Catholic book burnings in Tudor and Stuart periods (16th–18th century)
The founding of the Church of England after King Henry VIII broke away from the Catholic Church led to the targeting of English Catholics by Protestants. During the Tudor and Stuart periods, Protestant citizens loyal to the Crown attacked Catholic religious sites across England, frequently burning any religious texts they found. These acts were encouraged by the Crown, who pressured the general public to take part in such "spectacles". According to American historian David Cressy, over "the course of the sixteenth and seventeenth centuries book burning developed from a rare to an occasional occurrence, relocated from an outdoor to an indoor procedure, and changed from a bureaucratic to a quasi-theatrical performance".
British burning of Washington during the War of 1812
During the War of 1812, a British expeditionary force routed an American militia at Bladensburg. Shortly thereafter, the British marched into Washington, D.C., briefly capturing and occupying the city. In retaliation for the American destruction of Port Dover, the British ordered the destruction of several public buildings in the city, including the Library of Congress, erected just fourteen years prior. The U.S. Capitol was also burnt by the British, with books from the Library of Congress being used to burn the building. Both the library and the Capitol were rebuilt after the war.
Burning anti-slavery books in the American South, 1859–60
Following John Brown's raid on Harpers Ferry in 1859, slaveholders and their supporters spread panic about abolitionism, believing that anti-slavery conspiracies would lead to widespread slave revolts. Pro-slavery southerners burned books in Mississippi, South Carolina, and Texas, including textbooks from public schools. Books that were critical of slavery, or insufficiently supportive of it, were seen as "anti-Southern" by the book-burners.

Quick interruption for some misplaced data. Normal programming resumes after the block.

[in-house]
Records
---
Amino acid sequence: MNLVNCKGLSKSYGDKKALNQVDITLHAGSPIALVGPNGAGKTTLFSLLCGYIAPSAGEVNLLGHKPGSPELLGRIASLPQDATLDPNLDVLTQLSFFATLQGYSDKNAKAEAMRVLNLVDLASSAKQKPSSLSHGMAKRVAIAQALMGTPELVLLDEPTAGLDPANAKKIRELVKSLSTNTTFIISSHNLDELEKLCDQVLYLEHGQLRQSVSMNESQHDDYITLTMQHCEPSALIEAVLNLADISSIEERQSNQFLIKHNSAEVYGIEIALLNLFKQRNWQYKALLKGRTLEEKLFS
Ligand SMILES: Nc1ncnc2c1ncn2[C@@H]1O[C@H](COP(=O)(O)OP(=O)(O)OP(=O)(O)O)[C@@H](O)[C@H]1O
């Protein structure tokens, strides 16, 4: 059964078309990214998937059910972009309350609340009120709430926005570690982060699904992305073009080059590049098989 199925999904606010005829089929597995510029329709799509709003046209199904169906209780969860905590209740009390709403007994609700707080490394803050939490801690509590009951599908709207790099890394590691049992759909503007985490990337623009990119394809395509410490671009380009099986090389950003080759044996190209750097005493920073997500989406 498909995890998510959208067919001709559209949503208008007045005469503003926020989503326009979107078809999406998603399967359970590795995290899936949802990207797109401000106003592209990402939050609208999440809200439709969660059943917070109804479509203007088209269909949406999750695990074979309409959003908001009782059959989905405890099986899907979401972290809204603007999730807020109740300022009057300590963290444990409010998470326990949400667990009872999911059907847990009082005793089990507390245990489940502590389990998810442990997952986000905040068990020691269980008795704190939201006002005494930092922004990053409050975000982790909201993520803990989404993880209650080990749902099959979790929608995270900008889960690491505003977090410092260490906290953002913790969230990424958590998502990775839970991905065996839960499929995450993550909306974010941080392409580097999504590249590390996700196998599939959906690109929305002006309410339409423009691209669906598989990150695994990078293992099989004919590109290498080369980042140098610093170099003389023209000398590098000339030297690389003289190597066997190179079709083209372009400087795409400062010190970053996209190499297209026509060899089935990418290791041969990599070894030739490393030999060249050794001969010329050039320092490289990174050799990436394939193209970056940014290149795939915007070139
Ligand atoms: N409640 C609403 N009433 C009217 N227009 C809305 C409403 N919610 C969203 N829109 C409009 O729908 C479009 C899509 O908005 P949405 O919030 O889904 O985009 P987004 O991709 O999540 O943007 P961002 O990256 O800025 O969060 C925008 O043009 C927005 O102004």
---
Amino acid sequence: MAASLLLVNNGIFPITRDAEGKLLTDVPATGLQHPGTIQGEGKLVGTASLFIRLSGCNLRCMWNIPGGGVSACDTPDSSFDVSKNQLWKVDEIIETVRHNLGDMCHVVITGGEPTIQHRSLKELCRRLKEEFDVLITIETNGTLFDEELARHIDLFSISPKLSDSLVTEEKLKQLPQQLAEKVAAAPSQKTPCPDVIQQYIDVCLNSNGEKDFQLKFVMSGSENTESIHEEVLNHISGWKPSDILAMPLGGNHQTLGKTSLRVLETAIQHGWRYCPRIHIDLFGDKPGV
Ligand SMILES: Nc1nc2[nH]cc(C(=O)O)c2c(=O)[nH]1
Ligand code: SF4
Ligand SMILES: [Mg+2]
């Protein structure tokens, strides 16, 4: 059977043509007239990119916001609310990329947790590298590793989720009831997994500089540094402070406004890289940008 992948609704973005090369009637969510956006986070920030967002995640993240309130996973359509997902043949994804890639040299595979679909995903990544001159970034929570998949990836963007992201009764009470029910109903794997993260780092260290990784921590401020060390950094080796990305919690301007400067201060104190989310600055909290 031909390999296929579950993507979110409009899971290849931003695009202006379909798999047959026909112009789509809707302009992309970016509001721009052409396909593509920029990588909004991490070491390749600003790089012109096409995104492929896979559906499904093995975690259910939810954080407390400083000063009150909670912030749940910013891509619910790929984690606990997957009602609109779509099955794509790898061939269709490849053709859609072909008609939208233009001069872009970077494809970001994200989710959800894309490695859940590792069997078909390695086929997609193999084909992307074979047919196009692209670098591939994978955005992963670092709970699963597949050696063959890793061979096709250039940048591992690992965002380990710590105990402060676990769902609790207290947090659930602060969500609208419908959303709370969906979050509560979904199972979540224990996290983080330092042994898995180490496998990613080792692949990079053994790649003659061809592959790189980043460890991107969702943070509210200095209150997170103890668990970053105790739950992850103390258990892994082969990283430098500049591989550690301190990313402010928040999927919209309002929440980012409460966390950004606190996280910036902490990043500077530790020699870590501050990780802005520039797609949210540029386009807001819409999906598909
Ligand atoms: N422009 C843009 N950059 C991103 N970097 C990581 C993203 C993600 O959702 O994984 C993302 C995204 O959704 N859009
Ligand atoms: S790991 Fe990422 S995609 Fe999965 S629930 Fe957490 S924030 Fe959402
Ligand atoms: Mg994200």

Comstock institution dedicated to book burnings in the USA (1873–1950)
Anthony Comstock's New York Society for the Suppression of Vice, founded in 1873, inscribed book burning on its seal, as a worthy goal to be achieved. Comstock's total accomplishment in a long and influential career is estimated to have been the destruction of some 15 tons of books, 284,000 pounds of plates for printing such "objectionable" books, and nearly 4,000,000 pictures. All of this material was defined as "lewd" by Comstock's very broad definition of the term – which he and his associates successfully lobbied the United States Congress to incorporate in the Comstock Law.
Nazi regime (1933)
The Nazi government decreed broad grounds for burning material "which acts subversively on Nazi Germany's future or strikes at the root of German thought, the German home and the driving forces of German people".
Allied Powers in Japan after WW2 (1945–1952)
Under the occupation of Japan overseen by GHQ, any kind of criticism of the Allies was banned and many of books were prohibited and deleted. Over 7,000 books were destroyed.
Notable book burnings and destruction of libraries
In 1588, the exiled English Catholic William Cardinal Allen wrote "An Admonition to the Nobility and People of England", a work sharply attacking Queen Elizabeth I. It was to be published in Spanish-occupied England in the event of the Spanish Armada succeeding in its invasion. Upon the defeat of the Armada, Allen carefully consigned his publication to the fire, and it is only known of through one of Elizabeth's spies, who had stolen a copy.